Secretary-General Antonio Guterres on Thursday decried the failure to bring women into peacemaking, pointing to statistics showing that between 1990 and 2017, women constituted only 8 per cent of negotiators and 5 per cent of witnesses and signatories to major peace processes. He told the UN Security Council Thursday that at the heart of these statistics — which also include only 2 per cent of mediators in conflicts being female — is the continuing inequality between men and women.
Guterres said a recent study by the UN and World Bank provides convincing evidence linking gender equality and peace — and he urged all countries to invest in promoting the equality and empowerment of women, which he stressed is also critical to preventing and ending conflicts and building “peace and prosperity in the world for all.”
Phumzile Mlambo Ngcuka, who heads the UN agency promoting equality for women, said: “Women cannot be excluded from the peace process simply because they do not go into battle.”
According to a 2015 study of 156 peace agreements by the International Peace Institute, a New York think tank, “when women are included in peace processes, there is a 20 per cent increase in the probability of an agreement lasting at least two years, and a 35 per cent increase in the probability of an agreement lasting at least 15 years.”
But Mlambo Ngcuka said the indicators of women’s involvement in peacemaking had all “stagnated or dropped” this year.
“Our continued tolerance for the limited recognition of women’s expertise and lived experience is shameful,” the executive director of UN Women said. Mlambo Ngcuka said only three of 11 peace agreements signed in 2017 had provisions on gender equality, “continuing last year’s worrisome downward trend.” And only 25 per cent of the 1,500 agreements signed between 2000 and 2016 included the role of women in implementing peace accords, she said.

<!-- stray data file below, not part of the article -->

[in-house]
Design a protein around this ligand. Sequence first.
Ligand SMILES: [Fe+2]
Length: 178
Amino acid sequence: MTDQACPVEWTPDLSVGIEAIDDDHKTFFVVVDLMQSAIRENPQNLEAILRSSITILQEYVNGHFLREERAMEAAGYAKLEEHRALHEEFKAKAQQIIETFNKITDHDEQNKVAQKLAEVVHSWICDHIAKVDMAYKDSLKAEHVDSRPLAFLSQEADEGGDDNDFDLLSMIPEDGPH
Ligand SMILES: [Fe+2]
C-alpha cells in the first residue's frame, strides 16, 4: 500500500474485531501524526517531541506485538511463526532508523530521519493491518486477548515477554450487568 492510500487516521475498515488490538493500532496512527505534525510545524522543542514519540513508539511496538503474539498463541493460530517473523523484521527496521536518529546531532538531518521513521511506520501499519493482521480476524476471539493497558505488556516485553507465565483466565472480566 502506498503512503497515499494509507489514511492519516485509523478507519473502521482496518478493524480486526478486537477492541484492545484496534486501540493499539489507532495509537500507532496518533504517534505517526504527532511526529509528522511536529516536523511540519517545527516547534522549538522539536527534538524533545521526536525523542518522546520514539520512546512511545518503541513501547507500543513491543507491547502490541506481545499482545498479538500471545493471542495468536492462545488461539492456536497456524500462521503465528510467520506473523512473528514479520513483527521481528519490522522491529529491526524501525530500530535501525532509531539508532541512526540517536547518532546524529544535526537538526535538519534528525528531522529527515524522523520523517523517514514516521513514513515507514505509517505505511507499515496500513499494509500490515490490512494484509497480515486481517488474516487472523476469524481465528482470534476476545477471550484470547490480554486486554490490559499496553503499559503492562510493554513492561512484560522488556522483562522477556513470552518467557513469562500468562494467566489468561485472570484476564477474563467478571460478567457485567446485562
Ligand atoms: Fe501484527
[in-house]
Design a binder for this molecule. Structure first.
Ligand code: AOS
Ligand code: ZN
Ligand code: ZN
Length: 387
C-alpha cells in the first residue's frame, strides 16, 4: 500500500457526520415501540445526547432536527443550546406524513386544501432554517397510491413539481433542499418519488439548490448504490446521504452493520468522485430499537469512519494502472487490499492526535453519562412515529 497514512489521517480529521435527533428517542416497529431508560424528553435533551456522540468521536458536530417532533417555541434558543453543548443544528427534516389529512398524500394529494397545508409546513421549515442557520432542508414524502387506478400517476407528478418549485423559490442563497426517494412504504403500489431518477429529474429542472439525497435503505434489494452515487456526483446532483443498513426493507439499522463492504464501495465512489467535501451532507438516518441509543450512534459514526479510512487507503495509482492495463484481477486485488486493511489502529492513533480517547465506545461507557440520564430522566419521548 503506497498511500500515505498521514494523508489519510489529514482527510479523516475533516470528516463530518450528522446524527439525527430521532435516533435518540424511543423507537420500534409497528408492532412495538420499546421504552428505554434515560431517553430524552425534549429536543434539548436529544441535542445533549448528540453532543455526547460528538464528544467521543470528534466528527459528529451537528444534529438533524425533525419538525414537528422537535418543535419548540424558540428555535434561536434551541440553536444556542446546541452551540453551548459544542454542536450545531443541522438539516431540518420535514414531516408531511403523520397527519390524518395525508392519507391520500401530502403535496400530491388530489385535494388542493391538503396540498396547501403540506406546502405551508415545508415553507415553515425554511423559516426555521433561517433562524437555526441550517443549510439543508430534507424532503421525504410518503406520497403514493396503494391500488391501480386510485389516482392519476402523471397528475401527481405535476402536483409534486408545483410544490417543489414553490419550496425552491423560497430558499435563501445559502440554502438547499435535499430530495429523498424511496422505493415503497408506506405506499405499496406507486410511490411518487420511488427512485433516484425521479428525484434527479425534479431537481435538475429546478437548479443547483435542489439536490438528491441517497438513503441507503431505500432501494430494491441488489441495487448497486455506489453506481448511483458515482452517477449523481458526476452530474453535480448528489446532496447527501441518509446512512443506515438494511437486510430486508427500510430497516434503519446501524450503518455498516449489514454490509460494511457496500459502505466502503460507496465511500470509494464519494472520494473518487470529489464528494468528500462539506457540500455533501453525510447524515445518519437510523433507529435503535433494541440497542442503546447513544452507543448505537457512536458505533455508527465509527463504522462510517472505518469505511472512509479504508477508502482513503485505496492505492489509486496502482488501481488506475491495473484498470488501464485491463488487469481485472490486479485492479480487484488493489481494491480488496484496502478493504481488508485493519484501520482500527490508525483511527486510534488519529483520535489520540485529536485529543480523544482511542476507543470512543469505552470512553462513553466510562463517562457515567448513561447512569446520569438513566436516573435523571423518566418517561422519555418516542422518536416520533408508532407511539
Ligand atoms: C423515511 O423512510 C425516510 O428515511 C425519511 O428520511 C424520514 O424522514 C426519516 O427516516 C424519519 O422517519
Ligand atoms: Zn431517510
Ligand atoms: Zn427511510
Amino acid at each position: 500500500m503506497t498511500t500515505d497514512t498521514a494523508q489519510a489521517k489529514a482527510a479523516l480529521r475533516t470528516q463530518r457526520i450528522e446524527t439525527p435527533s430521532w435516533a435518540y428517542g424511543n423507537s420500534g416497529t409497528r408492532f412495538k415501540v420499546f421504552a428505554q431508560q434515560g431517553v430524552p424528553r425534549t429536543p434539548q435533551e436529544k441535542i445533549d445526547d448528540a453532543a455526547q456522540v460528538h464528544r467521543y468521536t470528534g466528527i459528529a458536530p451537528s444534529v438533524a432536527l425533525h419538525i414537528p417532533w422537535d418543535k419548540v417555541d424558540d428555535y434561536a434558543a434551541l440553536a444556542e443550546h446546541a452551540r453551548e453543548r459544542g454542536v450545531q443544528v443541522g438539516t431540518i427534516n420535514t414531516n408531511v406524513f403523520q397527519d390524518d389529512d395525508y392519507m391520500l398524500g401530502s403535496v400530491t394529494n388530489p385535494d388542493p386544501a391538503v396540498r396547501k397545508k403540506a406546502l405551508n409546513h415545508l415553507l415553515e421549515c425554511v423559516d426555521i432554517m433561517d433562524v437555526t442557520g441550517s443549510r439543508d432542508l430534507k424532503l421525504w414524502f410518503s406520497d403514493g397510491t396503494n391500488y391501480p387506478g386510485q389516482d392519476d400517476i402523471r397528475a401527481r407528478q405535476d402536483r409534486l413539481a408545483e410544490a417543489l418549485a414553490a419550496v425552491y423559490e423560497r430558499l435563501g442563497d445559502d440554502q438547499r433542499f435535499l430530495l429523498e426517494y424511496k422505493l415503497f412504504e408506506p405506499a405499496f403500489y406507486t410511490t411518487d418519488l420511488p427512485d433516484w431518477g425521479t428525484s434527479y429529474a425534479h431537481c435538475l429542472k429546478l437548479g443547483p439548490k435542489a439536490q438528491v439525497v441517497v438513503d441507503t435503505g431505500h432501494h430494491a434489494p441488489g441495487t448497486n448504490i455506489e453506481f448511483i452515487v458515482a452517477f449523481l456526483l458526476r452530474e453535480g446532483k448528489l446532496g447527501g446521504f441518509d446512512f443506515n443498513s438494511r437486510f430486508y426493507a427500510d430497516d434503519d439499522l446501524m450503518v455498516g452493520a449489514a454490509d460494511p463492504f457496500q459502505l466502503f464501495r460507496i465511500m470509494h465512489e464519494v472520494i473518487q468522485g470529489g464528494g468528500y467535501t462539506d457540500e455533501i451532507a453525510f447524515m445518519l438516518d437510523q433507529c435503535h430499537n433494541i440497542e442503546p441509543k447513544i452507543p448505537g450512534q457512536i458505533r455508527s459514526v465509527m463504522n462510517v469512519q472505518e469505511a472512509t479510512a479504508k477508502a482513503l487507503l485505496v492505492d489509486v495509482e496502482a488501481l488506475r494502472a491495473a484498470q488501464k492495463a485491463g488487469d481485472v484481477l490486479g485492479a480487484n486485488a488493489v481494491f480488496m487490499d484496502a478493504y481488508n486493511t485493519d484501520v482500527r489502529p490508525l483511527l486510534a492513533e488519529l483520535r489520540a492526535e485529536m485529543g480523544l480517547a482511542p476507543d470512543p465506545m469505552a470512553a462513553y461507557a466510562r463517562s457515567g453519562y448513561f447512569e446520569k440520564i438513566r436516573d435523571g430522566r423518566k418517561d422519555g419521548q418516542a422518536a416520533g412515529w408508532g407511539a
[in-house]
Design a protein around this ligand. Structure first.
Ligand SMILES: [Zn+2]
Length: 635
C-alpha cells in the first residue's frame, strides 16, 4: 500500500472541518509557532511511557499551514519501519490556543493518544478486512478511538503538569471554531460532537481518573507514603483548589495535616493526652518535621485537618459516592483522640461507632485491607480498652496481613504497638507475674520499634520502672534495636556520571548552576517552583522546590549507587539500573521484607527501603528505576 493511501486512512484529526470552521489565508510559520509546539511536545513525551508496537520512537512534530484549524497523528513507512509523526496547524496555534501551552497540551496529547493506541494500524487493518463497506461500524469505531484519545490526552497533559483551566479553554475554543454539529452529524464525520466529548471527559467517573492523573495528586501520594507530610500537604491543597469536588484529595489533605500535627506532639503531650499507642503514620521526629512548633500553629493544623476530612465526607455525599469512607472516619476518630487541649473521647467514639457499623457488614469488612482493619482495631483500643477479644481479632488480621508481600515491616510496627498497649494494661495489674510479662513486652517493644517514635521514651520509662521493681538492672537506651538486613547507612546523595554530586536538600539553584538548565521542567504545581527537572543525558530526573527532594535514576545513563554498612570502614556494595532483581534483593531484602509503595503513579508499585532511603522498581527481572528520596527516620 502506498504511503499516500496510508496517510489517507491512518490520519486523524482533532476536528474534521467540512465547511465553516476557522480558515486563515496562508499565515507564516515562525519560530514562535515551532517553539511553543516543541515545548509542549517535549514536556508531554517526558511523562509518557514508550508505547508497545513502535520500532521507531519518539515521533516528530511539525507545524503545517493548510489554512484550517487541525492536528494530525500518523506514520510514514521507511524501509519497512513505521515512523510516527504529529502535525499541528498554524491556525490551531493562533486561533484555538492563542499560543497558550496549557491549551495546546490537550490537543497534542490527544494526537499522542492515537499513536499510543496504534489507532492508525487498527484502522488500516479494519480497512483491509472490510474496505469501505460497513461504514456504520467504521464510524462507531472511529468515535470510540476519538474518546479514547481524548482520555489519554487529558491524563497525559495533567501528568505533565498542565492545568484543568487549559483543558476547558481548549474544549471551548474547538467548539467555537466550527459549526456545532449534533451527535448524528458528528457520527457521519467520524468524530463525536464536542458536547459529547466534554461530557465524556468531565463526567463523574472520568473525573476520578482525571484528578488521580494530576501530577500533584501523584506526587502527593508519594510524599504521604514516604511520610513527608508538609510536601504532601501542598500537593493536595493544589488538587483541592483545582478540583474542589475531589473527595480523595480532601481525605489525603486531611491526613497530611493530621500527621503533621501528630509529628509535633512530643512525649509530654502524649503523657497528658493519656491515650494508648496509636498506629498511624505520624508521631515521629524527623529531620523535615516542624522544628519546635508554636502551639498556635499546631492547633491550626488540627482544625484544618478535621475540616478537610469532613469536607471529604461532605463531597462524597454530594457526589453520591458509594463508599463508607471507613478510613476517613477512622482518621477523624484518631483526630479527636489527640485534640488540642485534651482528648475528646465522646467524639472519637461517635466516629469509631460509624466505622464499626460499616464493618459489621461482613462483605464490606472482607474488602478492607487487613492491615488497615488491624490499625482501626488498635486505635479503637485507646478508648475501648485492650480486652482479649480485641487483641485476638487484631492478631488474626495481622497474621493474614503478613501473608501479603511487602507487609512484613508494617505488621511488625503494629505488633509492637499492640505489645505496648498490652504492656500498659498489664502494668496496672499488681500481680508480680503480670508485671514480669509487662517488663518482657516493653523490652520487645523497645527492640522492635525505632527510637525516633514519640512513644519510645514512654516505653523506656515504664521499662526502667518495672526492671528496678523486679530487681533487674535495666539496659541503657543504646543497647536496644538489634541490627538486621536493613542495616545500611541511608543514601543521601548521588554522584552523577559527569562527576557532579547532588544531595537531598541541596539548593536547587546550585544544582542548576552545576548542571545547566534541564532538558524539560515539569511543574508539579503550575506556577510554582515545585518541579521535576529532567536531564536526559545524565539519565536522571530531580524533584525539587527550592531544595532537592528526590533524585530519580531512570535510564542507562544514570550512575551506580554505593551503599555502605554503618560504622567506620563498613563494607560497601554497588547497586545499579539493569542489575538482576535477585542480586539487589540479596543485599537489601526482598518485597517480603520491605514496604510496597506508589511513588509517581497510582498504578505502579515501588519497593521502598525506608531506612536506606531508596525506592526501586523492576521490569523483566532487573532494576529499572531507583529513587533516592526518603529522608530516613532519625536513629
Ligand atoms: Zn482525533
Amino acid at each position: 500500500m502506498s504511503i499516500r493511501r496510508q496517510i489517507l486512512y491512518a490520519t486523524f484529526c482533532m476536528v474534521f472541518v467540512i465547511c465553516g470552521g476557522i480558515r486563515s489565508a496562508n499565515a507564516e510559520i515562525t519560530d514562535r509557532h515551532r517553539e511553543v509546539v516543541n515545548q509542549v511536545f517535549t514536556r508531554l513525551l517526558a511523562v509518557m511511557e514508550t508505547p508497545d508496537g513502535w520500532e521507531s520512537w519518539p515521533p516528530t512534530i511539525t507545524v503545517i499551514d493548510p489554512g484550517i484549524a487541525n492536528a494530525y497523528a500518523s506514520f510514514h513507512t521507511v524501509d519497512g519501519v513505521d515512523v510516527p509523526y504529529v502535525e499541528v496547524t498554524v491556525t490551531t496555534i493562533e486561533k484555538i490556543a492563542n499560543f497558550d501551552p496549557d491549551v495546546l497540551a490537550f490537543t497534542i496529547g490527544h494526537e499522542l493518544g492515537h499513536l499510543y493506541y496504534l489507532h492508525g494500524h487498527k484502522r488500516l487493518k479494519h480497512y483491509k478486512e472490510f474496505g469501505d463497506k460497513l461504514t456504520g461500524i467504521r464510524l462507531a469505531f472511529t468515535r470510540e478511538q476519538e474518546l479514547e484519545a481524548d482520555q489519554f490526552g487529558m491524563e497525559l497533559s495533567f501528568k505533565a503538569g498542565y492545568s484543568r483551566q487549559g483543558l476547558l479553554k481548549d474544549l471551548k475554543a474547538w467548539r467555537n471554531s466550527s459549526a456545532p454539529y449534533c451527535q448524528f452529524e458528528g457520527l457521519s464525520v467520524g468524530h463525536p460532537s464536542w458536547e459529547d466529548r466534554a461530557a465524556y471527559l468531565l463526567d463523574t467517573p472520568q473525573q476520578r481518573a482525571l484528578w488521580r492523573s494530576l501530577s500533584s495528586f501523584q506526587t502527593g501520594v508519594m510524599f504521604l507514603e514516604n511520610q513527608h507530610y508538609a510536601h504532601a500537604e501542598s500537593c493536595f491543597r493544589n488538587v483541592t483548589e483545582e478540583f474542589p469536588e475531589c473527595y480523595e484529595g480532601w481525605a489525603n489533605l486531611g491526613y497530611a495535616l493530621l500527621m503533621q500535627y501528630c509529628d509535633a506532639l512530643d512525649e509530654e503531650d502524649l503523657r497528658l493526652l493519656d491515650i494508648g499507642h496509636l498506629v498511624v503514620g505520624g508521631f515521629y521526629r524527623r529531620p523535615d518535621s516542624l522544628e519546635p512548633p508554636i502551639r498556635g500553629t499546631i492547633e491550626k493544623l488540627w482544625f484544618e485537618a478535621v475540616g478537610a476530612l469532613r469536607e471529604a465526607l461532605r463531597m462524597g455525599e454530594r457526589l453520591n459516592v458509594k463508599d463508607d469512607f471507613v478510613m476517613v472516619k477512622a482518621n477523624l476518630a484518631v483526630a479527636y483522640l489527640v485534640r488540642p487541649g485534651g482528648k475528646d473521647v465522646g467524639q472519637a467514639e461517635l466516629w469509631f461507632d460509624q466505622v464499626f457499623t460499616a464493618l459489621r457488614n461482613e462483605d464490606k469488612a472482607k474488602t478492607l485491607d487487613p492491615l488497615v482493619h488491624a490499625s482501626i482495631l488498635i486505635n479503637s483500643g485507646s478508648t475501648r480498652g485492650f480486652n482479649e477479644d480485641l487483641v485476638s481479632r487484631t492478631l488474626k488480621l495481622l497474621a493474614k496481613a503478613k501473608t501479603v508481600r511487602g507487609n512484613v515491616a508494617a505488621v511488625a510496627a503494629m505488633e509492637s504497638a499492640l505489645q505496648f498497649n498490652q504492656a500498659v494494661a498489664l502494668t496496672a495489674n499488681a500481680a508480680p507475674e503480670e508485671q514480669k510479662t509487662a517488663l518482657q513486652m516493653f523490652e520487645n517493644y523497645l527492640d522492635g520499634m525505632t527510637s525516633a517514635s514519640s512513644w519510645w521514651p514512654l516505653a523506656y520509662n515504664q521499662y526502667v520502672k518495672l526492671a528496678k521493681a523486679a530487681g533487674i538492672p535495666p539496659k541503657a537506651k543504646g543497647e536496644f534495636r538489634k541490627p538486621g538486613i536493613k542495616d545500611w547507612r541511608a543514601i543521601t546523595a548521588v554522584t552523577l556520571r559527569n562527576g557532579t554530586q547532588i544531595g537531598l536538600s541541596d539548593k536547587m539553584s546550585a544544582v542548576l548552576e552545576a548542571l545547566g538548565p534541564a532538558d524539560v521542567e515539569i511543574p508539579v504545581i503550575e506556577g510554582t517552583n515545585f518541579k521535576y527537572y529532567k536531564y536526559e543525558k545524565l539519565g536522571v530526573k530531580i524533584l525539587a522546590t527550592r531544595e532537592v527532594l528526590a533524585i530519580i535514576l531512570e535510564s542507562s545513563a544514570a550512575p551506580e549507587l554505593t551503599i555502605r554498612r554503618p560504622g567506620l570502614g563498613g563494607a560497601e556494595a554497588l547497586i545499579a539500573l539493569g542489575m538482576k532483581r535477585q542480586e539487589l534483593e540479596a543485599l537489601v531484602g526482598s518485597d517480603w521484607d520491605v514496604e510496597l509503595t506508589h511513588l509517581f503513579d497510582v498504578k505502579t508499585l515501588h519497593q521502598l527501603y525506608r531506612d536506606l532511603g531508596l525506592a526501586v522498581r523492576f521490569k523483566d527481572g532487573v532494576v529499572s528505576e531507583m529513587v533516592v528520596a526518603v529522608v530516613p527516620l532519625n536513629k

Looking at current hotspots, Mlambo Ngcuka said efforts to resume a dialogue in war-battered Yemen don’t include women, except in advisory bodies. In Mali, women average “a dismal 3 per cent” on the multiple national committees set up to monitor and implement a 2015 peace agreement, she said.
In Central African Republic, “mediation efforts are focused on the presidency and the 14 armed groups, and exclude women altogether,” Mlambo Ngcuka said, and in Afghanistan, “when it comes to actual talks with the Taliban, women’s absence is noticeable.” The council was meeting to discuss implementation of a landmark UN resolution on women, peace and security adopted in 2000 that calls for women to be included in decision-making positions at every level of peacemaking and peacebuilding.
Guterres noted that almost 90 countries signed up to speak on Thursday, “but there is a significant gap between what we say in this chamber, and what we do outside.”
“Every year, we make laudable commitments — but they are not backed with the requisite financial and political support,” he said. “We extol the positive influence of women peacebuilders, but provide little space for their participation. We rely heavily on women’s organisations, but do not fund them adequately.”
Guterres said he has formed a group to take emergency measures to increase the number of women in UN peace operations, stressing that it is “crippling” to the UN’s credibility that women represent only 4 per cent of its military peacekeepers and 10 per cent of its international police.